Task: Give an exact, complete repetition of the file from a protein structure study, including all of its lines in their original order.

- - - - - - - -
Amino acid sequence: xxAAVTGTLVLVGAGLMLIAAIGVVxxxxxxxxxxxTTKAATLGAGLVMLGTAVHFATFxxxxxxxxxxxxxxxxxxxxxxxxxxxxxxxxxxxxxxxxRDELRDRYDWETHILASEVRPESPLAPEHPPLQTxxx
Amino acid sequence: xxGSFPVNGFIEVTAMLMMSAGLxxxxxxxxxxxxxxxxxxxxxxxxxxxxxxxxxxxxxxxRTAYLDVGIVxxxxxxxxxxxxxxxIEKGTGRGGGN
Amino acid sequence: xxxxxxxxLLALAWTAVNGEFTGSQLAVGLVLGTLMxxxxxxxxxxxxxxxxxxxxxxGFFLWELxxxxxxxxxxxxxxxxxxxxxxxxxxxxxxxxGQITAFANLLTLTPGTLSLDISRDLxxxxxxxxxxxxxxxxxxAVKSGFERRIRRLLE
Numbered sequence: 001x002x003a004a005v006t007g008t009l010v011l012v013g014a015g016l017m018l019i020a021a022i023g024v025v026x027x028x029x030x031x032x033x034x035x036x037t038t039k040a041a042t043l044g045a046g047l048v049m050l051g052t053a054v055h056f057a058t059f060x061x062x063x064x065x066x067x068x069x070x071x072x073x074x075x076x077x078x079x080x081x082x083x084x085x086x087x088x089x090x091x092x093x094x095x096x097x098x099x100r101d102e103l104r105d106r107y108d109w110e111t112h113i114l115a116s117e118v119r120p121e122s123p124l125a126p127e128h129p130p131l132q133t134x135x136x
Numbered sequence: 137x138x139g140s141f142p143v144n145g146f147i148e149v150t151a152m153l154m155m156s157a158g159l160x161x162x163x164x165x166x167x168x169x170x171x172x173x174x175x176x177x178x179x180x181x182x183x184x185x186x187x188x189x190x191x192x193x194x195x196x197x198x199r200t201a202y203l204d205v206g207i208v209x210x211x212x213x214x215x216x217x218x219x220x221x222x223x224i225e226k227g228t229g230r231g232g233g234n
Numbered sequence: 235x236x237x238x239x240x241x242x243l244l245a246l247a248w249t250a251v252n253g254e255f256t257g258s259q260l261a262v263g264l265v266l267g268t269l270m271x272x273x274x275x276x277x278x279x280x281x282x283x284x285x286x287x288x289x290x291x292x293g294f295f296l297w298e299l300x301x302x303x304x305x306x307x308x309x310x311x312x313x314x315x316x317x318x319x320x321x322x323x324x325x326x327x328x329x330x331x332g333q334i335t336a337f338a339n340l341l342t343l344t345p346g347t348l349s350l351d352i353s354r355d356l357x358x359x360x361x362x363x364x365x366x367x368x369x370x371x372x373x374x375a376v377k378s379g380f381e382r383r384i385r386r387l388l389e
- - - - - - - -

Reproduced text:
Amino acid sequence: xxAAVTGTLVLVGAGLMLIAAIGVVxxxxxxxxxxxTTKAATLGAGLVMLGTAVHFATFxxxxxxxxxxxxxxxxxxxxxxxxxxxxxxxxxxxxxxxxRDELRDRYDWETHILASEVRPESPLAPEHPPLQTxxx
Amino acid sequence: xxGSFPVNGFIEVTAMLMMSAGLxxxxxxxxxxxxxxxxxxxxxxxxxxxxxxxxxxxxxxxRTAYLDVGIVxxxxxxxxxxxxxxxIEKGTGRGGGN
Amino acid sequence: xxxxxxxxLLALAWTAVNGEFTGSQLAVGLVLGTLMxxxxxxxxxxxxxxxxxxxxxxGFFLWELxxxxxxxxxxxxxxxxxxxxxxxxxxxxxxxxGQITAFANLLTLTPGTLSLDISRDLxxxxxxxxxxxxxxxxxxAVKSGFERRIRRLLE
Numbered sequence: 001x002x003a004a005v006t007g008t009l010v011l012v013g014a015g016l017m018l019i020a021a022i023g024v025v026x027x028x029x030x031x032x033x034x035x036x037t038t039k040a041a042t043l044g045a046g047l048v049m050l051g052t053a054v055h056f057a058t059f060x061x062x063x064x065x066x067x068x069x070x071x072x073x074x075x076x077x078x079x080x081x082x083x084x085x086x087x088x089x090x091x092x093x094x095x096x097x098x099x100r101d102e103l104r105d106r107y108d109w110e111t112h113i114l115a116s117e118v119r120p121e122s123p124l125a126p127e128h129p130p131l132q133t134x135x136x
Numbered sequence: 137x138x139g140s141f142p143v144n145g146f147i148e149v150t151a152m153l154m155m156s157a158g159l160x161x162x163x164x165x166x167x168x169x170x171x172x173x174x175x176x177x178x179x180x181x182x183x184x185x186x187x188x189x190x191x192x193x194x195x196x197x198x199r200t201a202y203l204d205v206g207i208v209x210x211x212x213x214x215x216x217x218x219x220x221x222x223x224i225e226k227g228t229g230r231g232g233g234n
Numbered sequence: 235x236x237x238x239x240x241x242x243l244l245a246l247a248w249t250a251v252n253g254e255f256t257g258s259q260l261a262v263g264l265v266l267g268t269l270m271x272x273x274x275x276x277x278x279x280x281x282x283x284x285x286x287x288x289x290x291x292x293g294f295f296l297w298e299l300x301x302x303x304x305x306x307x308x309x310x311x312x313x314x315x316x317x318x319x320x321x322x323x324x325x326x327x328x329x330x331x332g333q334i335t336a337f338a339n340l341l342t343l344t345p346g347t348l349s350l351d352i353s354r355d356l357x358x359x360x361x362x363x364x365x366x367x368x369x370x371x372x373x374x375a376v377k378s379g380f381e382r383r384i385r386r387l388l389e